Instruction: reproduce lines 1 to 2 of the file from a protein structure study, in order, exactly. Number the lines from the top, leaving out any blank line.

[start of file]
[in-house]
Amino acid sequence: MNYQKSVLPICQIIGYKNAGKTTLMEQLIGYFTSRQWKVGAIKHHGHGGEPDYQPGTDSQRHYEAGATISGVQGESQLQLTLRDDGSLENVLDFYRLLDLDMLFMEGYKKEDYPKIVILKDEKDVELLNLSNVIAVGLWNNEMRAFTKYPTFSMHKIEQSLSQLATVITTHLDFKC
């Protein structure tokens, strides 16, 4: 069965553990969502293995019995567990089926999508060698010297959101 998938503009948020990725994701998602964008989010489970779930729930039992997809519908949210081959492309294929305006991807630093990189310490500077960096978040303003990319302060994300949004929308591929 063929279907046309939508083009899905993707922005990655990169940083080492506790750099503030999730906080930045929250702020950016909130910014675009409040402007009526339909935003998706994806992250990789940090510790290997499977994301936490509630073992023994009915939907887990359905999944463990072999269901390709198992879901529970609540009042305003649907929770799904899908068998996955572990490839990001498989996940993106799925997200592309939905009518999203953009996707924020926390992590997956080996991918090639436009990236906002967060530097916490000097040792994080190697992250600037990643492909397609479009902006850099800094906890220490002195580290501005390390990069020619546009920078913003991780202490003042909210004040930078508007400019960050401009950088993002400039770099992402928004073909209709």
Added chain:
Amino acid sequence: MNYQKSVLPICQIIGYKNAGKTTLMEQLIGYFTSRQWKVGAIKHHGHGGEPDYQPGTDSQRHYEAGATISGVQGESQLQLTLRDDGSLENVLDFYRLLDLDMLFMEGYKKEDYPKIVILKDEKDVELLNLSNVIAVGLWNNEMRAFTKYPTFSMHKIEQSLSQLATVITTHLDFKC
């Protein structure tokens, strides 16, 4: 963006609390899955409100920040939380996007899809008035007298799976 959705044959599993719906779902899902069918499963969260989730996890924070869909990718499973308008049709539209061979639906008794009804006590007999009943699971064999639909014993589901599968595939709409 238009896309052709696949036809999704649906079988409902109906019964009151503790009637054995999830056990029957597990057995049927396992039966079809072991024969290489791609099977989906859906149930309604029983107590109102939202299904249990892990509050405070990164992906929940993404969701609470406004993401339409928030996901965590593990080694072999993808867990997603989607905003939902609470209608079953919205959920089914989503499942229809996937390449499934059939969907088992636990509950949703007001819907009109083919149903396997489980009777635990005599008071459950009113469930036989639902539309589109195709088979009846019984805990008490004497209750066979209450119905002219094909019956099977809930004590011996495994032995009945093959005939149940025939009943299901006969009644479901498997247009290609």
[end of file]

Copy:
[in-house]
Amino acid sequence: MNYQKSVLPICQIIGYKNAGKTTLMEQLIGYFTSRQWKVGAIKHHGHGGEPDYQPGTDSQRHYEAGATISGVQGESQLQLTLRDDGSLENVLDFYRLLDLDMLFMEGYKKEDYPKIVILKDEKDVELLNLSNVIAVGLWNNEMRAFTKYPTFSMHKIEQSLSQLATVITTHLDFKC